Dollar slumps after debt notice

THE Australian dollar slumped yesterday as fresh details emerged of local banks' exposure to the credit crisis, fanning fears of financial slowdown.

THE Australian dollar slumped yesterday as fresh details emerged of local banks' exposure to the credit crisis, fanning fears of financial slowdown.

After ANZ warned of a $1.2 billion bad debt tally, the dollar closed at US95.56c, shy of its post-float high two weeks ago at higher than US98c. The high, close to parity with the US dollar, occurred at the height of market panic over US mortgage giants Fannie Mae and Freddie Mac.

The chief currency strategist at the Commonwealth Bank, Richard Grace, said currency markets were sensitive to the banking fallout because of its possible effect on the domestic economy.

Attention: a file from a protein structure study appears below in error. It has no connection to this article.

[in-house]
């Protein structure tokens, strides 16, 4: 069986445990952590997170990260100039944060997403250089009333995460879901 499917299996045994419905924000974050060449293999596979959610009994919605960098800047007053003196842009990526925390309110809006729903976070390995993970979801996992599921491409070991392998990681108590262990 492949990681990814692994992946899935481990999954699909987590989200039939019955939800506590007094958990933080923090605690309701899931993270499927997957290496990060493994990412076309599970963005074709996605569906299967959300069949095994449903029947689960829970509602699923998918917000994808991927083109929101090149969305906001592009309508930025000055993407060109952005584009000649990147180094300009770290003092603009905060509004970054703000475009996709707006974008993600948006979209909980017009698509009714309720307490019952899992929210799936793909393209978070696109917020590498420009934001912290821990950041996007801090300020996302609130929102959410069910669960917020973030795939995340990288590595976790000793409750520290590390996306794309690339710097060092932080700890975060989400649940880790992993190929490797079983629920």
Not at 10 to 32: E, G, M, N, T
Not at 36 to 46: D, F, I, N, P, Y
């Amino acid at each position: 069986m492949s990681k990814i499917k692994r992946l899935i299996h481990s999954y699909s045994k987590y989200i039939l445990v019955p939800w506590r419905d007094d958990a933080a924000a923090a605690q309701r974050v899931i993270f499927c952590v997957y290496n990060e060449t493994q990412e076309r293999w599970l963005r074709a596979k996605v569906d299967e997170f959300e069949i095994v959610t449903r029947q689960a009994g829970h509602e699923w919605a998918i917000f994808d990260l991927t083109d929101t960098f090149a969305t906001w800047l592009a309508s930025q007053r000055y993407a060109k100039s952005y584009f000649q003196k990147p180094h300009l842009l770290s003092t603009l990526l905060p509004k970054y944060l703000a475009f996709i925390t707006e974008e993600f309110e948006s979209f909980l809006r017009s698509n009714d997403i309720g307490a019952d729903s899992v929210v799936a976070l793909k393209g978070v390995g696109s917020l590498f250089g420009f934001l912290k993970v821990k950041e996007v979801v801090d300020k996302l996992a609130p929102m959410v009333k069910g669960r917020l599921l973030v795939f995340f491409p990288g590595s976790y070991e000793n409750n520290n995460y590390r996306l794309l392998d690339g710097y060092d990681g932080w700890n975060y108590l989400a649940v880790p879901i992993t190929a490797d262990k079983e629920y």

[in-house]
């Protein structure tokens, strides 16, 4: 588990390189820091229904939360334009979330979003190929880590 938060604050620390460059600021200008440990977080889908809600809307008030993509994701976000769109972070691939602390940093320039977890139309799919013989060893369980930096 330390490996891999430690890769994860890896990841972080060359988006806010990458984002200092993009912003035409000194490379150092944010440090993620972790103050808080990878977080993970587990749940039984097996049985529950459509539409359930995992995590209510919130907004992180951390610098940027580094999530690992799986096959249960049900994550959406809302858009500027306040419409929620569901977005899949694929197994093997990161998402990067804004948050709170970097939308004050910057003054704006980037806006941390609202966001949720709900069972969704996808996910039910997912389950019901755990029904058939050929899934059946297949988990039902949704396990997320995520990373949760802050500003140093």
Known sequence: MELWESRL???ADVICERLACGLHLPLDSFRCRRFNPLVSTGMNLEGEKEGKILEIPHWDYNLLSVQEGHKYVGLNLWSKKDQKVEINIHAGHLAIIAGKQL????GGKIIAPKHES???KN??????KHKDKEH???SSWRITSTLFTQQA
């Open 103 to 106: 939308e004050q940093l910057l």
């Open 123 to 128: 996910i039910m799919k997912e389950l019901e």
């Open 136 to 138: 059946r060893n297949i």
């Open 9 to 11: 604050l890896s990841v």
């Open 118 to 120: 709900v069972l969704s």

Last week NAB conceded it had an $830 million provision for bad loans due to the credit crisis, triggering a 13.49 per cent plunge in its share price.

Mr Grace said sentiment towards the US economy had bounced slightly from the depths of two weeks ago and markets were concerned about further funding pressure on Australia's banks. This could act as a brake on growth, he said.

The dollar's downward slide could continue this week as building approvals and retail trade figures, due tomorrow and Thursday respectively, have been sluggish recently, analysts said.


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